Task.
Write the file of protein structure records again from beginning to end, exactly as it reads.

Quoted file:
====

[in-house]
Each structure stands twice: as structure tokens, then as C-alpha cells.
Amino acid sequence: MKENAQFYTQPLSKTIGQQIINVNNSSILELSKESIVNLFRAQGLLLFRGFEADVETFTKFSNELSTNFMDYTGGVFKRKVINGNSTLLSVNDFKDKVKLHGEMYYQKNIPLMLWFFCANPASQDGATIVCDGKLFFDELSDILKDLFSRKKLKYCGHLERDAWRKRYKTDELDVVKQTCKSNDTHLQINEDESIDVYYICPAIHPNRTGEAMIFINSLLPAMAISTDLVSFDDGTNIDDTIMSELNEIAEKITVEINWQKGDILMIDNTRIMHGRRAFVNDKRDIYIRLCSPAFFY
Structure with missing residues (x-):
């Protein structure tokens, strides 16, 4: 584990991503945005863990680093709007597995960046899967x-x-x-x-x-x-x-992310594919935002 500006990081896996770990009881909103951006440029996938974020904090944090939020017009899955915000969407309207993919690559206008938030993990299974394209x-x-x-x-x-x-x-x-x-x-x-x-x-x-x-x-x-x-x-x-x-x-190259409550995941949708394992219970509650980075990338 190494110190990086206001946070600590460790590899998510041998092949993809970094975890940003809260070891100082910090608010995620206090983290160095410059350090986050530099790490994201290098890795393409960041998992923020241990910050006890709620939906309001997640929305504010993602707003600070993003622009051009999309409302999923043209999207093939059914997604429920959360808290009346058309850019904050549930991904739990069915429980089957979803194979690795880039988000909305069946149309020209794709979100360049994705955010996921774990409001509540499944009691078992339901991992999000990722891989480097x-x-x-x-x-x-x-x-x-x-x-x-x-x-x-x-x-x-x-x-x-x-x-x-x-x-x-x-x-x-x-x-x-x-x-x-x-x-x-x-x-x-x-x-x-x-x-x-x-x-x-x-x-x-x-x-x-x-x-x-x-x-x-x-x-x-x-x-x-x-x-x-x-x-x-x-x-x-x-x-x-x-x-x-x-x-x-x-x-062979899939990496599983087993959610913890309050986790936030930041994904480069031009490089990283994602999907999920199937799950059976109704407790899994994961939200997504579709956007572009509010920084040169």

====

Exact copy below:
[in-house]
Each structure stands twice: as structure tokens, then as C-alpha cells.
Amino acid sequence: MKENAQFYTQPLSKTIGQQIINVNNSSILELSKESIVNLFRAQGLLLFRGFEADVETFTKFSNELSTNFMDYTGGVFKRKVINGNSTLLSVNDFKDKVKLHGEMYYQKNIPLMLWFFCANPASQDGATIVCDGKLFFDELSDILKDLFSRKKLKYCGHLERDAWRKRYKTDELDVVKQTCKSNDTHLQINEDESIDVYYICPAIHPNRTGEAMIFINSLLPAMAISTDLVSFDDGTNIDDTIMSELNEIAEKITVEINWQKGDILMIDNTRIMHGRRAFVNDKRDIYIRLCSPAFFY
Structure with missing residues (x-):
């Protein structure tokens, strides 16, 4: 584990991503945005863990680093709007597995960046899967x-x-x-x-x-x-x-992310594919935002 500006990081896996770990009881909103951006440029996938974020904090944090939020017009899955915000969407309207993919690559206008938030993990299974394209x-x-x-x-x-x-x-x-x-x-x-x-x-x-x-x-x-x-x-x-x-x-190259409550995941949708394992219970509650980075990338 190494110190990086206001946070600590460790590899998510041998092949993809970094975890940003809260070891100082910090608010995620206090983290160095410059350090986050530099790490994201290098890795393409960041998992923020241990910050006890709620939906309001997640929305504010993602707003600070993003622009051009999309409302999923043209999207093939059914997604429920959360808290009346058309850019904050549930991904739990069915429980089957979803194979690795880039988000909305069946149309020209794709979100360049994705955010996921774990409001509540499944009691078992339901991992999000990722891989480097x-x-x-x-x-x-x-x-x-x-x-x-x-x-x-x-x-x-x-x-x-x-x-x-x-x-x-x-x-x-x-x-x-x-x-x-x-x-x-x-x-x-x-x-x-x-x-x-x-x-x-x-x-x-x-x-x-x-x-x-x-x-x-x-x-x-x-x-x-x-x-x-x-x-x-x-x-x-x-x-x-x-x-x-x-x-x-x-x-062979899939990496599983087993959610913890309050986790936030930041994904480069031009490089990283994602999907999920199937799950059976109704407790899994994961939200997504579709956007572009509010920084040169």